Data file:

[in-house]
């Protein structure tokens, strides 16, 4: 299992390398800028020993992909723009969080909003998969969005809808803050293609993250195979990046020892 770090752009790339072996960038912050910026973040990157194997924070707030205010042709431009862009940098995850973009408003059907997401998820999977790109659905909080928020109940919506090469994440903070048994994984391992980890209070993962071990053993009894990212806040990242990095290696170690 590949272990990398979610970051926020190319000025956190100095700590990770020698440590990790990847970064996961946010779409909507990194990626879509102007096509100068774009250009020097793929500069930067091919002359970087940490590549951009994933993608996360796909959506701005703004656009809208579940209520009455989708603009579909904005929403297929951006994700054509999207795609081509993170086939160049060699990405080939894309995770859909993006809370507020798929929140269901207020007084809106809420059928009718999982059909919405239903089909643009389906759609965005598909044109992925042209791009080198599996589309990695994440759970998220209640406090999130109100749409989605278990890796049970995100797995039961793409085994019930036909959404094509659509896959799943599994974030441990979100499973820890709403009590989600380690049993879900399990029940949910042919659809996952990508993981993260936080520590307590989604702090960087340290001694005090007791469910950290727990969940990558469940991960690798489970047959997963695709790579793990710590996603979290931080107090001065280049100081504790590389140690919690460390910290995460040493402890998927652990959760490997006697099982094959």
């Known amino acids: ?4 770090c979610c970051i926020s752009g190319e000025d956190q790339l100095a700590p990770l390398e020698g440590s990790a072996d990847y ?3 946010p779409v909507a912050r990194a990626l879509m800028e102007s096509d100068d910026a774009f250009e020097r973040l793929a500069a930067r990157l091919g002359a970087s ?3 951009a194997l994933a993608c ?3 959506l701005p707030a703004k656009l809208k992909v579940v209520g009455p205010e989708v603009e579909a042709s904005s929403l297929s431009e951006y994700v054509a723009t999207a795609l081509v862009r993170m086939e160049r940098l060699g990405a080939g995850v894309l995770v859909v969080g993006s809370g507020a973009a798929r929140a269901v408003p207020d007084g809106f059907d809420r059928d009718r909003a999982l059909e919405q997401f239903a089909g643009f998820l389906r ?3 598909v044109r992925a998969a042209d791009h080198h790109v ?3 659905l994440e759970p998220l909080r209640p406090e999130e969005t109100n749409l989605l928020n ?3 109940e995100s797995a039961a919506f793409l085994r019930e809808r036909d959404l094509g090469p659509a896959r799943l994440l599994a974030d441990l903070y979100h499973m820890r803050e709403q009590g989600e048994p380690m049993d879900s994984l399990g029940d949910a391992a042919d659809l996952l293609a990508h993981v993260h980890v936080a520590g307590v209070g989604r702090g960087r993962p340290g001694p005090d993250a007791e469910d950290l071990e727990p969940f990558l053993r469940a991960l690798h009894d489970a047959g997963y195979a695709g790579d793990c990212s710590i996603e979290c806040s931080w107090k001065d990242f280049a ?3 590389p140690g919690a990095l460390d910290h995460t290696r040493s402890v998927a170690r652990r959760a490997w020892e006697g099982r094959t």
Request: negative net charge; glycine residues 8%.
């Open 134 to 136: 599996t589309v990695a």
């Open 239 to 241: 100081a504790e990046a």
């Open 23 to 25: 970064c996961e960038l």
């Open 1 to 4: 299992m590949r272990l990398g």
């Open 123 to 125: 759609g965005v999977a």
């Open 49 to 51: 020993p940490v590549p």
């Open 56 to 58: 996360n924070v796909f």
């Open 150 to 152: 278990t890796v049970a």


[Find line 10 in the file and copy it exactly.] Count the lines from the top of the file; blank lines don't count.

């Open 49 to 51: 020993p940490v590549p």